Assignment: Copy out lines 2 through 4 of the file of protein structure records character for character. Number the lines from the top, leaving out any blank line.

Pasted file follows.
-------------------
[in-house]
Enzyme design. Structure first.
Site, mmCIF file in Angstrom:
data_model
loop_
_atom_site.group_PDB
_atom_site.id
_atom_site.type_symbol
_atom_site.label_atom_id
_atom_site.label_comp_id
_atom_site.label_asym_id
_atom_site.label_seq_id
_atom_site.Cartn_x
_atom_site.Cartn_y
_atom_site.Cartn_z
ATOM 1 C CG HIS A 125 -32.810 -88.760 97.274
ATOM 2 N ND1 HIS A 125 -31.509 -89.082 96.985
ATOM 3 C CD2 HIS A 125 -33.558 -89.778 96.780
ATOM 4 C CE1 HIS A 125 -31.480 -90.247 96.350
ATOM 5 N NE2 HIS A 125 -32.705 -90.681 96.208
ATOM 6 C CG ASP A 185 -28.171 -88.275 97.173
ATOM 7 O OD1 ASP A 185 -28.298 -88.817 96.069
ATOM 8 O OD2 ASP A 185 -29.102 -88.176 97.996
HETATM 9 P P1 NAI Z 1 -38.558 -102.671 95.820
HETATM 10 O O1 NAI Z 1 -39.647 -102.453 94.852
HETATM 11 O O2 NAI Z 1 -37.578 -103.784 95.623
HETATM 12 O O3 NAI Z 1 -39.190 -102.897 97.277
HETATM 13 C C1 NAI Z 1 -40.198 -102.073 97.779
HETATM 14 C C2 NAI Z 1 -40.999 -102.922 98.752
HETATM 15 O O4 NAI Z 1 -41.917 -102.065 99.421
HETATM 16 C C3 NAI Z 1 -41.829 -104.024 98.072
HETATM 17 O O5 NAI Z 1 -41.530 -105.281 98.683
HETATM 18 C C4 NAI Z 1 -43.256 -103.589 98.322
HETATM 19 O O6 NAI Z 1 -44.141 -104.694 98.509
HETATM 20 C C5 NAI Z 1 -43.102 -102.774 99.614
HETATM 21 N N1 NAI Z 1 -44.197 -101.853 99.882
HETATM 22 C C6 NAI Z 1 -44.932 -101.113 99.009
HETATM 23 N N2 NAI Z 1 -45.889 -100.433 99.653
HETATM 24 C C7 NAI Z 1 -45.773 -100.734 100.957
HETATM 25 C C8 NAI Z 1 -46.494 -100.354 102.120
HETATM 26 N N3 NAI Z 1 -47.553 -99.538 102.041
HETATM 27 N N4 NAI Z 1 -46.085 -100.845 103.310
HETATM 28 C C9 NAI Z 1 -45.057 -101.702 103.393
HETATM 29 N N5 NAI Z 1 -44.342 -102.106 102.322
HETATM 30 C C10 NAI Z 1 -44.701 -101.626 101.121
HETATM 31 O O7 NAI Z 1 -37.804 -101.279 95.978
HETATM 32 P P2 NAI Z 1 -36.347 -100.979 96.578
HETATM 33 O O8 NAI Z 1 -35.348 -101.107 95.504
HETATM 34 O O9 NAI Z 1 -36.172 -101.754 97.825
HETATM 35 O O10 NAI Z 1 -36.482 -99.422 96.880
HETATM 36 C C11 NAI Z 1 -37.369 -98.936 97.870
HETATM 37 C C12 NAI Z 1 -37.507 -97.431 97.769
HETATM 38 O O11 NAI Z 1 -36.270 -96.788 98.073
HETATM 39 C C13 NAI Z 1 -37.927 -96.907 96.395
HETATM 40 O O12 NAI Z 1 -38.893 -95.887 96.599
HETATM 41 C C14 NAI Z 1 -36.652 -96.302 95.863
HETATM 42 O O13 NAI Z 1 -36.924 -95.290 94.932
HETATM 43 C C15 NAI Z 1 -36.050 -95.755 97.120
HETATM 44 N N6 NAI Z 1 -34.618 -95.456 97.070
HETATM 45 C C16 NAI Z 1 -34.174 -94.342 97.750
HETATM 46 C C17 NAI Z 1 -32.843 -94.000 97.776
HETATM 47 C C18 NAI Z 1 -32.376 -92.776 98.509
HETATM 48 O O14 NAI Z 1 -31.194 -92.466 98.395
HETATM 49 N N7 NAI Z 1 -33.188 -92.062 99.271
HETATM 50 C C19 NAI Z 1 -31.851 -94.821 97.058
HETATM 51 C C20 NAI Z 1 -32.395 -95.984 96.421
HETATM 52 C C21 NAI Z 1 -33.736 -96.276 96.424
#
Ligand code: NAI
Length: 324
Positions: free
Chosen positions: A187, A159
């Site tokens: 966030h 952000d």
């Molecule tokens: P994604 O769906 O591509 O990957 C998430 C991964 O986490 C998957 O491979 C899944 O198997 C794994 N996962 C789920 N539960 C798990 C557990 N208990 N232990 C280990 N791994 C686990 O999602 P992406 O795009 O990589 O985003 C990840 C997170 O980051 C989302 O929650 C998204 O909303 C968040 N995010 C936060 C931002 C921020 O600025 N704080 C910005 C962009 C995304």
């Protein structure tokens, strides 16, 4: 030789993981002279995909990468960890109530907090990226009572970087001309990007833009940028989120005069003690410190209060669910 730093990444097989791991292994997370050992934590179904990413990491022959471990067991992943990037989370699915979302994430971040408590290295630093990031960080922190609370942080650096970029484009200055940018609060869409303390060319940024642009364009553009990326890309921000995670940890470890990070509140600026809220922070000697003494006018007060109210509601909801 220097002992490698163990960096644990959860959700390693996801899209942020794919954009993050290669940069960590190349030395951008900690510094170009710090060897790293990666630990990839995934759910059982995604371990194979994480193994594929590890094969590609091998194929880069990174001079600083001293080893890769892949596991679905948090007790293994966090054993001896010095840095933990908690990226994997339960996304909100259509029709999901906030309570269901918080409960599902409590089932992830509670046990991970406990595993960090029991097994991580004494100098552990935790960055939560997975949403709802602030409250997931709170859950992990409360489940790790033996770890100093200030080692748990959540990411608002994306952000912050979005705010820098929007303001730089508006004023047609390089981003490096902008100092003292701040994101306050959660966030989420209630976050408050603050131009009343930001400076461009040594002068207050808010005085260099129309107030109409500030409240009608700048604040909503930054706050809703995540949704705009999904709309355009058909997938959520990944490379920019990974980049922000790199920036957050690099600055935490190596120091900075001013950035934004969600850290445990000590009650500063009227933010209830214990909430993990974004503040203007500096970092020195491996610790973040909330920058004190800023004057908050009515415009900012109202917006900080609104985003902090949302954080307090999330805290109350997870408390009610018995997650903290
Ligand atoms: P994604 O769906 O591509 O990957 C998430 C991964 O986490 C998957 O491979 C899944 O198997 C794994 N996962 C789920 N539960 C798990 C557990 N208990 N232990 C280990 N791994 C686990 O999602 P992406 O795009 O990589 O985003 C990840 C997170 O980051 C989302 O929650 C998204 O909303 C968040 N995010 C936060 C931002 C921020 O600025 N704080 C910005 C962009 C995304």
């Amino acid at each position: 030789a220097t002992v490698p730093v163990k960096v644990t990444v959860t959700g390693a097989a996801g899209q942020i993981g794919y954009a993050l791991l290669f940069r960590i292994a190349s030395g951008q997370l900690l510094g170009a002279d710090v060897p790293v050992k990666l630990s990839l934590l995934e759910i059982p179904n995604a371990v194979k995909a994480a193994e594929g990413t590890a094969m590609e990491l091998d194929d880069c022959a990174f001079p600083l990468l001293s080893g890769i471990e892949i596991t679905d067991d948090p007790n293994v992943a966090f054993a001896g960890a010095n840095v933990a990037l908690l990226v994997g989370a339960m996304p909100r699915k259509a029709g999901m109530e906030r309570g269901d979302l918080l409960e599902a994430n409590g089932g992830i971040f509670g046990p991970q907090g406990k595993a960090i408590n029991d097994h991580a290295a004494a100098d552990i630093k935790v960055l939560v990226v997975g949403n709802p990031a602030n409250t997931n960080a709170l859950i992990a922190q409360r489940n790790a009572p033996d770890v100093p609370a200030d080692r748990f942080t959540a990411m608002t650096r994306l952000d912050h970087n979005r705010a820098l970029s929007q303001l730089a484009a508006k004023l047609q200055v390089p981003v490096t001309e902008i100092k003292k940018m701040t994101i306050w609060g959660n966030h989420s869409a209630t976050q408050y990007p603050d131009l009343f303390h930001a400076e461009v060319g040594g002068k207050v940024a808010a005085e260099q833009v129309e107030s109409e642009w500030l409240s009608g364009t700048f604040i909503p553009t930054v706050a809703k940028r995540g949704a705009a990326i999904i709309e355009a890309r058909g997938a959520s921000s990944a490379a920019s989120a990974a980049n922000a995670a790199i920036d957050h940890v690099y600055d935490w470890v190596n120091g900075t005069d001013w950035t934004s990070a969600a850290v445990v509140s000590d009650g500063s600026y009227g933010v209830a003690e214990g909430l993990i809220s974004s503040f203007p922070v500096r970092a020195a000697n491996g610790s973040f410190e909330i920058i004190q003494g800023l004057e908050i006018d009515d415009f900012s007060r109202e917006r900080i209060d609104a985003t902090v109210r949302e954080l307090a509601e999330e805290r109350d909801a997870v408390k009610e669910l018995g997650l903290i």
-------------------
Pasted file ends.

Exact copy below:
Enzyme design. Structure first.
Site, mmCIF file in Angstrom:
data_model